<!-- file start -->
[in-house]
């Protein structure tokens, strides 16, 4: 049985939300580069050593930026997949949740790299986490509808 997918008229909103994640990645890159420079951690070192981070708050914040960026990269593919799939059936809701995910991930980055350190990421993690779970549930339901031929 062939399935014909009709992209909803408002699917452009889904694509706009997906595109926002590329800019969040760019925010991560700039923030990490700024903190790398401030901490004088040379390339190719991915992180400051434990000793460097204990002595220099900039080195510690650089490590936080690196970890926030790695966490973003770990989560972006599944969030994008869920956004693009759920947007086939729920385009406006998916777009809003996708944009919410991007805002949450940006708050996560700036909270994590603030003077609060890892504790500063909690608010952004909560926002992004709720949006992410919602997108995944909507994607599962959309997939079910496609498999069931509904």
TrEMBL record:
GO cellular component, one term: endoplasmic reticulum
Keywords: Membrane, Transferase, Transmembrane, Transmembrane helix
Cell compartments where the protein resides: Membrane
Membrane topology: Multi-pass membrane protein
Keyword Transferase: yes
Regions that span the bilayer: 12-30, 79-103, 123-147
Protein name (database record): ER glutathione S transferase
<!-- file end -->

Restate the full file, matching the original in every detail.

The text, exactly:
[in-house]
């Protein structure tokens, strides 16, 4: 049985939300580069050593930026997949949740790299986490509808 997918008229909103994640990645890159420079951690070192981070708050914040960026990269593919799939059936809701995910991930980055350190990421993690779970549930339901031929 062939399935014909009709992209909803408002699917452009889904694509706009997906595109926002590329800019969040760019925010991560700039923030990490700024903190790398401030901490004088040379390339190719991915992180400051434990000793460097204990002595220099900039080195510690650089490590936080690196970890926030790695966490973003770990989560972006599944969030994008869920956004693009759920947007086939729920385009406006998916777009809003996708944009919410991007805002949450940006708050996560700036909270994590603030003077609060890892504790500063909690608010952004909560926002992004709720949006992410919602997108995944909507994607599962959309997939079910496609498999069931509904």
TrEMBL record:
GO cellular component, one term: endoplasmic reticulum
Keywords: Membrane, Transferase, Transmembrane, Transmembrane helix
Cell compartments where the protein resides: Membrane
Membrane topology: Multi-pass membrane protein
Keyword Transferase: yes
Regions that span the bilayer: 12-30, 79-103, 123-147
Protein name (database record): ER glutathione S transferase